Operational Control of Coagulation and Filtration Processes
|Publication Date:||1 January 2011|
The first successful practice of water filtration in the United States involved use of slow sand filters in which raw water was applied directly to large sand beds, but these filters were not suitable for treatment of muddy river waters like those found in the Ohio, Mississippi, and Missouri River valleys and their tributaries. In the 1890s and very early 1900s, George Fuller's filtration tests in Louisville and Cincinnati and Alan Hazen's testing program in Pittsburgh showed that turbid waters could be treated successfully by addition of coagulant chemical, clarification, and rapid sand filtration. The capability of a process train consisting of coagulation, mixing, flocculation, sedimentation, and rapid sand filtration to treat raw water having a wide range of turbidity resulted in widespread acceptance of this process train, which came to be called conventional treatment in the United States. Adoption of conventional treatment by a large number of water systems and of chlorination by even more water systems resulted in a very large decrease in the number of cases and number of deaths caused by typhoid fever in the early decades of the twentieth century.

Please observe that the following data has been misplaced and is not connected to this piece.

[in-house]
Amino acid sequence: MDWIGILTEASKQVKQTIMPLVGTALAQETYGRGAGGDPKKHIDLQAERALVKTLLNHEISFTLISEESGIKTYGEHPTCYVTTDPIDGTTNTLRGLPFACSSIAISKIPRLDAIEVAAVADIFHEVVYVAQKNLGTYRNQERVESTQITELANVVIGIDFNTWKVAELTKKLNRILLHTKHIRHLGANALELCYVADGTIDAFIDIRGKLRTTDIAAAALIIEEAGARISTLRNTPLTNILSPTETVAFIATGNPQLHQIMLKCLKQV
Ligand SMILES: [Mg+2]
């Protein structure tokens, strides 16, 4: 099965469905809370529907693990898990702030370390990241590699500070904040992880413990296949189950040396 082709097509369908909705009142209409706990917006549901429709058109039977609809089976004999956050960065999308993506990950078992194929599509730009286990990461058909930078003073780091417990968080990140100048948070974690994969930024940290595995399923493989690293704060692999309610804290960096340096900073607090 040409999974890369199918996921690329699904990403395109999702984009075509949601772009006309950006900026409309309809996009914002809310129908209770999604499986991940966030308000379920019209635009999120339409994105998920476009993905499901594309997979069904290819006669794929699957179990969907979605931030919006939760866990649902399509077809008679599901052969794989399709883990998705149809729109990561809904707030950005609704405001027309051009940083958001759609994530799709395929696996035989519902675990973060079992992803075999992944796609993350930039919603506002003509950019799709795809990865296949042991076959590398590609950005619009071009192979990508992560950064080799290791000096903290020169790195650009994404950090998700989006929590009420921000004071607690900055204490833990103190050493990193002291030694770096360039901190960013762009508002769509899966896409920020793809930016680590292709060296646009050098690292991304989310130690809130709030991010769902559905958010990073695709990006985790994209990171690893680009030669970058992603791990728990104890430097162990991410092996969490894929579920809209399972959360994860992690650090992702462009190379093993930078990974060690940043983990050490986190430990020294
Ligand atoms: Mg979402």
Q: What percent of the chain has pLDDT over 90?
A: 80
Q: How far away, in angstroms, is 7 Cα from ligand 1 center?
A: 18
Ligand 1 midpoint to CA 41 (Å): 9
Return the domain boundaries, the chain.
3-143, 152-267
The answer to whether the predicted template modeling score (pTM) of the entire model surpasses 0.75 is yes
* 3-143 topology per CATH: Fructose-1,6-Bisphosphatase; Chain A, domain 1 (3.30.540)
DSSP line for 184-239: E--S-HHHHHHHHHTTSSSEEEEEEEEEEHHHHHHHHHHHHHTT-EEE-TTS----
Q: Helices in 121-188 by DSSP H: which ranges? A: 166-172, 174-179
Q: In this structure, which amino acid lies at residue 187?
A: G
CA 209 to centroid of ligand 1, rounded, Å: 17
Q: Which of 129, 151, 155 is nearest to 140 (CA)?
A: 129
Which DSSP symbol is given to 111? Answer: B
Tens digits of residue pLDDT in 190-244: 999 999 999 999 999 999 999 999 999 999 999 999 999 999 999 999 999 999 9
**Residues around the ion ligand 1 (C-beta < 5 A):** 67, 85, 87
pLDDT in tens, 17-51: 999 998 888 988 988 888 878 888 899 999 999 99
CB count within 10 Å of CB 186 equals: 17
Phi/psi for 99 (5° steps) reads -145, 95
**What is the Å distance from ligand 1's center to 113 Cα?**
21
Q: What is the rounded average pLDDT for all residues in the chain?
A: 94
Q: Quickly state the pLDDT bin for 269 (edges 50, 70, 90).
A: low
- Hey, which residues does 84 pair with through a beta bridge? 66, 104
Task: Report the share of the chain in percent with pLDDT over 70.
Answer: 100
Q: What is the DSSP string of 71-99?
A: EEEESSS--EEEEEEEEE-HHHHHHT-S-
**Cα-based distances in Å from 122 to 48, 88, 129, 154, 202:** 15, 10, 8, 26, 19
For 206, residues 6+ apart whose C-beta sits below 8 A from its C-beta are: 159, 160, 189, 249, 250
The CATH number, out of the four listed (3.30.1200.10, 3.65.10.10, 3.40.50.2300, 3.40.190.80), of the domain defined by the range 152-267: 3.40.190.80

Prior to World War II the focus on water treatment was on disinfecting water and providing clear water to drink. Coagulation and filtration had been shown to remove a substantial fraction of bacteria from water, and combined with chlorination, conventional treatment provided a double barrier against passage of pathogenic bacteria into drinking water. With the realization that viruses also could be transmitted by drinking water, the microbiological challenge broadened. Conventional treatment was found to be capable of removal of polioviruses in the 1960s, and in the 1980s and 1990s removal of protozoan cysts was shown to be within the capabilities of coagulation and filtration when these processes are managed properly. Results of studies on removal of asbestos fibers by coagulation and filtration proved that this process could remove both microbes and inorganic particles in a very wide range of sizes, from considerably less than 1 µm to tens of µm.